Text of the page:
|New Cathedral with Calderon Park in foreground|
We headed first to the Parque Abdon Calderon. Seated between the New Cathedral, started in 1895, and the Old Cathedral, which is now a museum, the park is a great spot for people watching. First-rate ice cream, cappuccinos or traditional Ecuadorian food is available at restaurants across from the park, which we visited on more than one occasion. Restaurants, coffee shops, bakeries or ice cream shops seemed to be located about every 100 feet or so. No lack of eating out options in the city.
Professional shoe-shine vendors are situated in front of the Raymipampa restaurant, and offered to shine Alan's shoes one day. When Alan pointed out that he was wearing sneakers, the man insisted that they needed to be cleaned, and he wasn't mistaken about that. A few minutes later, Alan departed with "clean" sneakers, but they were now a bright blue, they had been gray. With Alan's substantial shoe size, he looked a bit like a giant blue-footed boobie.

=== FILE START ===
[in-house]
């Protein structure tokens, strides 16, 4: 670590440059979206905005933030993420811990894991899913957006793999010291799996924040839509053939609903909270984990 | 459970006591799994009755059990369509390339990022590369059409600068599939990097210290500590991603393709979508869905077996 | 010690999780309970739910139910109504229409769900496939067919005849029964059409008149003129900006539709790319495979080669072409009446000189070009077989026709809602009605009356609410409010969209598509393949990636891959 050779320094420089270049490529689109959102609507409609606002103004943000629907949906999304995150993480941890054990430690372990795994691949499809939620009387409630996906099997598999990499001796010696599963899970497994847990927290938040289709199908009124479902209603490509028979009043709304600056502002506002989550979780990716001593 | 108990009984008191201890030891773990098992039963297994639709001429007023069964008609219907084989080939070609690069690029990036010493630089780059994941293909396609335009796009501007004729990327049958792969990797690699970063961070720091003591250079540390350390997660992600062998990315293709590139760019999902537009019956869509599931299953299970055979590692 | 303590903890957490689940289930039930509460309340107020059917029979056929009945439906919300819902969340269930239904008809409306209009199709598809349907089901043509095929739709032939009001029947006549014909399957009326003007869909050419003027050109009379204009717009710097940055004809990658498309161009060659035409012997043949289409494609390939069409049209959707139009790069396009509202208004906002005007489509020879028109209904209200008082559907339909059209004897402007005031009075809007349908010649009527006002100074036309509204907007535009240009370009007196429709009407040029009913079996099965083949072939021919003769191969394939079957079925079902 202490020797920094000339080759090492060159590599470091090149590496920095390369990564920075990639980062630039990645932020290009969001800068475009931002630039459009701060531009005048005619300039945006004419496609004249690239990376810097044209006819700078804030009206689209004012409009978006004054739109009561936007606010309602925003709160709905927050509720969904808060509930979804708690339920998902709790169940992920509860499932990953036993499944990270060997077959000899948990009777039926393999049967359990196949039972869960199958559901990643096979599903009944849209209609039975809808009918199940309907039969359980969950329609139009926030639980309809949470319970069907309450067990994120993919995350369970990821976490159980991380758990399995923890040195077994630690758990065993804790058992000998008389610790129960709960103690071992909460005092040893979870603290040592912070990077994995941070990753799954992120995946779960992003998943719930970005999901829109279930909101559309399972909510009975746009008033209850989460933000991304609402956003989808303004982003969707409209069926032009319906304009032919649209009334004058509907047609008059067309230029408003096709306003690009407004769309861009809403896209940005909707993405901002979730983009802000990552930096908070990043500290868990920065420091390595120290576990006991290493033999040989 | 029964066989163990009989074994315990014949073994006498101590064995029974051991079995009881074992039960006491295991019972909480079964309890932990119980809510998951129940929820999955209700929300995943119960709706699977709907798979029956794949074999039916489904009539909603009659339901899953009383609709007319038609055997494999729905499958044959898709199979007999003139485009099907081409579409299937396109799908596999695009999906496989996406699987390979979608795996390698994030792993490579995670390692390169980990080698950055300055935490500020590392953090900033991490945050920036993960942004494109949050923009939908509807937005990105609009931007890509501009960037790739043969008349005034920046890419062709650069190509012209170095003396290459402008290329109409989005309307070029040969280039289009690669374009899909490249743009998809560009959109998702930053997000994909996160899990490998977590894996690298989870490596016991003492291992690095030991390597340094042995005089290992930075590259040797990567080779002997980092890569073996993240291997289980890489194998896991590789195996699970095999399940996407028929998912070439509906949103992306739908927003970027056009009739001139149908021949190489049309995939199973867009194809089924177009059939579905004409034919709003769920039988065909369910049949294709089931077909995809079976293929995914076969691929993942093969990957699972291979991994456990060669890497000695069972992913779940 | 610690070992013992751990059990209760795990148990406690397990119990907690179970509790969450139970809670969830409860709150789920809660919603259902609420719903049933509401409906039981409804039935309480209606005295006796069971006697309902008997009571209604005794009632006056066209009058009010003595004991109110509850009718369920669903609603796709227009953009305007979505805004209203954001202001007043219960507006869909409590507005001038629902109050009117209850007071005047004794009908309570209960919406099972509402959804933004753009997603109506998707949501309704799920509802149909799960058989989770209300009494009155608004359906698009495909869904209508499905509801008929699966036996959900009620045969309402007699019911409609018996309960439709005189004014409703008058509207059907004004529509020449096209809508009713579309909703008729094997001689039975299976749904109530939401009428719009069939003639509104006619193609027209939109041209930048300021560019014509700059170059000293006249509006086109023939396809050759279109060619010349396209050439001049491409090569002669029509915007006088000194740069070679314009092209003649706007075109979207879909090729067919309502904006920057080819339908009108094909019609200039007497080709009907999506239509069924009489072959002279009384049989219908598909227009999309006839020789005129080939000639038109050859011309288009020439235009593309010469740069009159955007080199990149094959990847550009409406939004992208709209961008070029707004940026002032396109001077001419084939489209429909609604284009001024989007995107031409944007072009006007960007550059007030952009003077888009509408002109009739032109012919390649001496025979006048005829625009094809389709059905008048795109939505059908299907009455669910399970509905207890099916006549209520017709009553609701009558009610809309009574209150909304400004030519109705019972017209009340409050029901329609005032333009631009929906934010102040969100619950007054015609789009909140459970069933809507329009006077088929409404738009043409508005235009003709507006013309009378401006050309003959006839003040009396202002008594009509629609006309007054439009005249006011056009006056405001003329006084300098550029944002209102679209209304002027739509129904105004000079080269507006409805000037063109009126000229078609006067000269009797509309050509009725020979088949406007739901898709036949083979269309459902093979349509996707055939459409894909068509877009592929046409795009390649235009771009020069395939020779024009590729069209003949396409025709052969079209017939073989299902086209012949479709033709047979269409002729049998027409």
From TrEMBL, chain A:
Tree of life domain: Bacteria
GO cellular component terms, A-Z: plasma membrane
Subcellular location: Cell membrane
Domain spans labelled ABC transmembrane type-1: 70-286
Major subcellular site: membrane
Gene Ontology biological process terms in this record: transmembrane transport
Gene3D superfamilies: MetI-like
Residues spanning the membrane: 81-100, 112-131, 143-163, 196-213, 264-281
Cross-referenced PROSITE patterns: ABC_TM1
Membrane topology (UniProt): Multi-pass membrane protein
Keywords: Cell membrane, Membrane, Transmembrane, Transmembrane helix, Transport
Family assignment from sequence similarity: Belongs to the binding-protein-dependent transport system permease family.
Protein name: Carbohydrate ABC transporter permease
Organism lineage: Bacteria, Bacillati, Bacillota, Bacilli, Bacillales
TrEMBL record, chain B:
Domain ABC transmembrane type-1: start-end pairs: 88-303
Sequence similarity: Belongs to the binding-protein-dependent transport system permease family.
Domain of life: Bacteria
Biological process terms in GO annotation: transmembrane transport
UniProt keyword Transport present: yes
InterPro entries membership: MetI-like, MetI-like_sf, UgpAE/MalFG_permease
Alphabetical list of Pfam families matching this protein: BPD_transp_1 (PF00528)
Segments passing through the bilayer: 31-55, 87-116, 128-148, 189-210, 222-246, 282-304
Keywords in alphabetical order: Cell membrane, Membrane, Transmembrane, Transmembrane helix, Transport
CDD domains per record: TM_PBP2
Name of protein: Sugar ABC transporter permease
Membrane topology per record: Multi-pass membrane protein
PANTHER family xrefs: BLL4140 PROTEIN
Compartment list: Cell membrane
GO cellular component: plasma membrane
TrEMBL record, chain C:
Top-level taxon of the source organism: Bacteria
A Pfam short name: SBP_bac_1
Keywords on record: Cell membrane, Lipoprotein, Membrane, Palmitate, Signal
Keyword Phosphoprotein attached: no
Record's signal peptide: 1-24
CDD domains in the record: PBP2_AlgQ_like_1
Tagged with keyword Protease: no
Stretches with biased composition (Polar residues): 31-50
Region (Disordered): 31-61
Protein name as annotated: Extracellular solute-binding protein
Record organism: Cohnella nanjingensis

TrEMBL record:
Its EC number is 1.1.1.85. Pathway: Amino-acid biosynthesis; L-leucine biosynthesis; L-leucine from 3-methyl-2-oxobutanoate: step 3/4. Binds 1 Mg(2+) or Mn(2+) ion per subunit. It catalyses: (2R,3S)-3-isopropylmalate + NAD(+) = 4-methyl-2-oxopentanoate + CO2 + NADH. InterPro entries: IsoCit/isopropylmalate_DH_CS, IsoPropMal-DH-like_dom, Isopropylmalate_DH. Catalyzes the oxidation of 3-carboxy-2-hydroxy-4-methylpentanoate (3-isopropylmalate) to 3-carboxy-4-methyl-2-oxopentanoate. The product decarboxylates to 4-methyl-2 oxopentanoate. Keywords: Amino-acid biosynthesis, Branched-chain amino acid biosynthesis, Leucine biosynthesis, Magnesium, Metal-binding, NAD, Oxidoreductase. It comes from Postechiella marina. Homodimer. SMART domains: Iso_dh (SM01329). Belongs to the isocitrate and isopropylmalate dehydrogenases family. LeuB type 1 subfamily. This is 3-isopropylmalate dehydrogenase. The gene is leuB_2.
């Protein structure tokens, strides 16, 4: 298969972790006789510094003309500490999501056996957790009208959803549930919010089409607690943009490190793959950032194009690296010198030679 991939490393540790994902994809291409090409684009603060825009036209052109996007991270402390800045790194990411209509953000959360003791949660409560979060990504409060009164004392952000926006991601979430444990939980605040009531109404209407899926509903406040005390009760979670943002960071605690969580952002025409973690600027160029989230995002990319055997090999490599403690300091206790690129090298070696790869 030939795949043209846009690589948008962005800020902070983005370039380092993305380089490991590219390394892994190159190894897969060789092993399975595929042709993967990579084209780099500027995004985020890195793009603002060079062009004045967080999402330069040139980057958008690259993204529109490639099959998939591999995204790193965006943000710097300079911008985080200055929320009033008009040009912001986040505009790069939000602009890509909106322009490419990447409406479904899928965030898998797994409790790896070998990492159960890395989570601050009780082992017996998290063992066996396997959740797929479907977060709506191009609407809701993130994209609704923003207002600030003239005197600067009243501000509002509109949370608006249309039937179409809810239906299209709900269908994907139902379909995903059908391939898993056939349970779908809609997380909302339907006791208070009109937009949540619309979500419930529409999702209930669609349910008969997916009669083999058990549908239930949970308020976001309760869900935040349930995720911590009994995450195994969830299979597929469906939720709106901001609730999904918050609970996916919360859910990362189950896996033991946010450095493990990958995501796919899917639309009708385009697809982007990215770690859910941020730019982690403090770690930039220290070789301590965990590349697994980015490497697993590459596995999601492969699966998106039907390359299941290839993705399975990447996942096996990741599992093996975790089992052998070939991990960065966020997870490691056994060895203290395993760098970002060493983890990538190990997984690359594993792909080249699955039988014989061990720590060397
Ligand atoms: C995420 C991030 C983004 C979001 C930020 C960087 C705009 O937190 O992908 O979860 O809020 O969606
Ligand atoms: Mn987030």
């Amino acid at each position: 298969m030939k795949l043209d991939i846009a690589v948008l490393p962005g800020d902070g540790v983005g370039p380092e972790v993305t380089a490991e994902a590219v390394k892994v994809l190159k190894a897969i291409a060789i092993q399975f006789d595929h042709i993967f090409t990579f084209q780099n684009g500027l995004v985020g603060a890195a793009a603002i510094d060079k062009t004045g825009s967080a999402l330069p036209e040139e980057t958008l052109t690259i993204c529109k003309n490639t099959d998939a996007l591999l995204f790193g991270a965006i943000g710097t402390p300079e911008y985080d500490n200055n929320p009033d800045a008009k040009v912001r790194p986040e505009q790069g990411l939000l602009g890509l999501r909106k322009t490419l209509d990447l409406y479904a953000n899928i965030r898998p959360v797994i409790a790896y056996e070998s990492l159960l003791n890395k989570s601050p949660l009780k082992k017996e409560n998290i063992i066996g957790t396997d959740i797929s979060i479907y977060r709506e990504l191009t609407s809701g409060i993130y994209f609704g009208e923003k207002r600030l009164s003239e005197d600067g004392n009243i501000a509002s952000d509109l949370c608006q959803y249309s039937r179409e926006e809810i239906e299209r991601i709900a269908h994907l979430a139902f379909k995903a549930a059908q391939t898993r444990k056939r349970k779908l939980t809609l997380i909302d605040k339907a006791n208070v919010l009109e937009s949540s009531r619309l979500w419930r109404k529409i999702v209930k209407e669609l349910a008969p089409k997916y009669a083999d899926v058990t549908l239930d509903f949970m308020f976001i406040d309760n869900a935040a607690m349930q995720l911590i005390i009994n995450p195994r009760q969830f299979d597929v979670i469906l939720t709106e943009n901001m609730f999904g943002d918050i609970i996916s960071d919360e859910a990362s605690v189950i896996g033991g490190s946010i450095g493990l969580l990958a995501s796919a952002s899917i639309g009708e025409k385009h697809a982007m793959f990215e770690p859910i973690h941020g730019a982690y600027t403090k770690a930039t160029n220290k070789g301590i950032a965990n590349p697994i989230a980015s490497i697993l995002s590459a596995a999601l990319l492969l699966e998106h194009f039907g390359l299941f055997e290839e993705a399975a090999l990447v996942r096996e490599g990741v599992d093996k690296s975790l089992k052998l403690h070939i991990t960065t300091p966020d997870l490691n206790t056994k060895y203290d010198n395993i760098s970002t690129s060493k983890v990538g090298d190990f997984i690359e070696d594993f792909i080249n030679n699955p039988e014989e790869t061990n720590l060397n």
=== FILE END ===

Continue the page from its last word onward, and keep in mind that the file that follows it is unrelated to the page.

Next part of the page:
Another highlight of the city is the walkway along the Rio Tomebamba. Considered the most important of the four rivers running through the city, this waterfront area provides a well-maintained green space, with lots of shade and occasional benches for hanging out. While the path along the river is level, access to the path necessitates maneuvering down (and obviously back up again) the 90 steps to get there, but it's definitely worth it. At over 8000 feet, everything seems to be a a little bit more of a challenge!
|Ruins, looking up from the plantings|
We've covered a lot of territory during our visit to Cuenca, so I'm dividing the story into 2 parts. More to come soon.
|Mirador de Turi, an old church looking down on the city.|
|Alan getting his sneakers "cleaned"|
|Gold leaf altar and pink marble in the interior of the New Cathedral|
|Natures best lawnmowers at the ruins|